I’ll Never Be Okay

What you don’t want to know about parental grief

Jacqueline Dooley
Human Parts
Published in
5 min readAug 7, 2022
My daughter Ana, with her dog Roo, about 5 months before she died

I’m pretty sure you don’t want honesty. You want to hear that I’m moving on, accepting her death in whatever context acceptance means for you.

You don’t want to hear how hard this is. You don’t want to know about her ashes inside the handmade urn that sits on the shelves where she once kept her stereo. You don’t want to hear about the endlessness of missing her.

It’s been five years, three months, and 15 days since she died. I’m pretty sure you think I should be over it by now. But the truth is, I’m at the beginning of what will be a lifelong affliction — missing her forever.

I know you can’t imagine this loss because you keep saying, “I can’t imagine.” And I keep thinking, “You won’t imagine. You shouldn’t imagine. But maybe, you can imagine my pain and that’s why you need me to be okay.”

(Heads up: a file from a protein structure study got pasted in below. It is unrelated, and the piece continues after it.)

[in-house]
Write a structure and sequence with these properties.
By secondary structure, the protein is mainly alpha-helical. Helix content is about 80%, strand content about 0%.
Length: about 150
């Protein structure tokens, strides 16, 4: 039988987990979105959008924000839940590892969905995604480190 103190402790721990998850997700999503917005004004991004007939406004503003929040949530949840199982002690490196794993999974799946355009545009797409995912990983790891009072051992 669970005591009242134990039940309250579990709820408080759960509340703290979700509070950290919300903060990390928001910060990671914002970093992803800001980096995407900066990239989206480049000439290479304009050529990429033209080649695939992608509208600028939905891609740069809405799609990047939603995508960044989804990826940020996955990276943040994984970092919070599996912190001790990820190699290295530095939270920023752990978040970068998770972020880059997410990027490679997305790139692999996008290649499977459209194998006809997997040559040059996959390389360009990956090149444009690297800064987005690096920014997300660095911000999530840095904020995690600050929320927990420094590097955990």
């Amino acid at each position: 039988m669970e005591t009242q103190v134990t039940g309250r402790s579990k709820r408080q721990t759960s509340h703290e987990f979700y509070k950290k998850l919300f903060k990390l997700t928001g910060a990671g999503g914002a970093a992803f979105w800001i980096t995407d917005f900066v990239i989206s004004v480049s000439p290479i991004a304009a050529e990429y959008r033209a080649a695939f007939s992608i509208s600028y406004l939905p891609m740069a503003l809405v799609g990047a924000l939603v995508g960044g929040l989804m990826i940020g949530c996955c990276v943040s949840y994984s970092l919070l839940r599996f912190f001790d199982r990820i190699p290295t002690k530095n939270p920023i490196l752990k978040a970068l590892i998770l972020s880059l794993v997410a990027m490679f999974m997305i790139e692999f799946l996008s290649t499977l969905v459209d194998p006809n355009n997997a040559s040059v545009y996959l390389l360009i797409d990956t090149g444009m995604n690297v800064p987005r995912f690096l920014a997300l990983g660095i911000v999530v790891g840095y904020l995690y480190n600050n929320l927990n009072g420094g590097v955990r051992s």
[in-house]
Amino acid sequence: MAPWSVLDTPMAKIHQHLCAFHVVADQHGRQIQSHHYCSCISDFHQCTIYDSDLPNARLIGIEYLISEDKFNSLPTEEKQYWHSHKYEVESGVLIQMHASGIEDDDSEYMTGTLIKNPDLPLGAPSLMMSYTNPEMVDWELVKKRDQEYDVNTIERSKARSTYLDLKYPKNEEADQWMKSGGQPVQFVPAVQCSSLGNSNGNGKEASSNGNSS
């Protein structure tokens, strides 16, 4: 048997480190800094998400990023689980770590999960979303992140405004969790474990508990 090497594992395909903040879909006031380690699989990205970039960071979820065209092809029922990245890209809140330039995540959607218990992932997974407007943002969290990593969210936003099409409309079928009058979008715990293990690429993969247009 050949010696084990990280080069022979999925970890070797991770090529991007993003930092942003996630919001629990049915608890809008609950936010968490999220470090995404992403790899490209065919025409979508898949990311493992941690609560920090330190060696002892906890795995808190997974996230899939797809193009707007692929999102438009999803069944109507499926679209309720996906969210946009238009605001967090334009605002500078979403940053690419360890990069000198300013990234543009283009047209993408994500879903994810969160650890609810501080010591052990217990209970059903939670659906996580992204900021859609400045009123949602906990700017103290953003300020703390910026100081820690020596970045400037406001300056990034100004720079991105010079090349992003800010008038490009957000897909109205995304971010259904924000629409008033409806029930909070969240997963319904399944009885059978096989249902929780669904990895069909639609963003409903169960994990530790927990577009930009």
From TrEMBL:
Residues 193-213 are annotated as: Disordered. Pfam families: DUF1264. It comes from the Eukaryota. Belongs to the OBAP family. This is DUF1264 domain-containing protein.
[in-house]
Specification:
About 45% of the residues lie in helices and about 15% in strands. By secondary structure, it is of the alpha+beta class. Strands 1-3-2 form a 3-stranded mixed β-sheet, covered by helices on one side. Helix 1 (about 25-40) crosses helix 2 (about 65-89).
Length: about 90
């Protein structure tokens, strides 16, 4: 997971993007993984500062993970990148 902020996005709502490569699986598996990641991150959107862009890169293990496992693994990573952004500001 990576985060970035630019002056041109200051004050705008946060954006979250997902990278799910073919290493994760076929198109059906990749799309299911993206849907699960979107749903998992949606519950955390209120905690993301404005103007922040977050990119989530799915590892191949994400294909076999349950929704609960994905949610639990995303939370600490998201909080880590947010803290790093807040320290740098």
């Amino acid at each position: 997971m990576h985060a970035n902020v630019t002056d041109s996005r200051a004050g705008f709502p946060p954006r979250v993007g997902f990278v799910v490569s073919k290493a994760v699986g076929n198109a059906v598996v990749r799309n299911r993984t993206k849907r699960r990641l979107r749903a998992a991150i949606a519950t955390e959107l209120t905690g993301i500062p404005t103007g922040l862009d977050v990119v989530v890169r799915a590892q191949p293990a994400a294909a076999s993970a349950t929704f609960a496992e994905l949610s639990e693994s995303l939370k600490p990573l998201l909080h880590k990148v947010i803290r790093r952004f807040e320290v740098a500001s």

Recoiling from me is perfectly understandable. I don’t hate you for this. And anyway, it doesn’t matter what you’re capable of imagining. If you look at me, you don’t have to imagine that nightmares are real. I’m living proof.

Imagine, for a minute, that the world had enough space to hold my grief, and yours, and everyone’s. Imagine we had time to process tragedy. Imagine we could sit with each other without trying to fix the unfixable.

My version of acceptance involves carrying my pain — and Ana’s memory — forward into a much darker existence than you can imagine.

It’s okay. I don’t want your light. I have no use for it anymore.

And, anyway, there is light here — the kind that doesn’t create shadow. It’s fairy light and starlight and the slenderest of crescent moons. It’s the faint imprint of lightening in a soot-smeared sky. It’s not much, but it’s enough to fight off the shadow of my grief with the weak, persistent glow of hope.

You can keep your blinding sunshine. I prefer my tiny drops of light. I’m not angry at you, but I am angry. Sometimes.

I’m sorry.

Rage. It doesn’t help heal. It doesn’t make things better, but it’s pointless to deny it. Rage can propel me into a new day. I’ll try…



Jacqueline Dooley
Human Parts

Essayist, content writer, bereaved parent. Bylines: Human Parts, GEN, Marker, OneZero, Washington Post, Al Jazeera, Pulse, HuffPost, Longreads, Modern Loss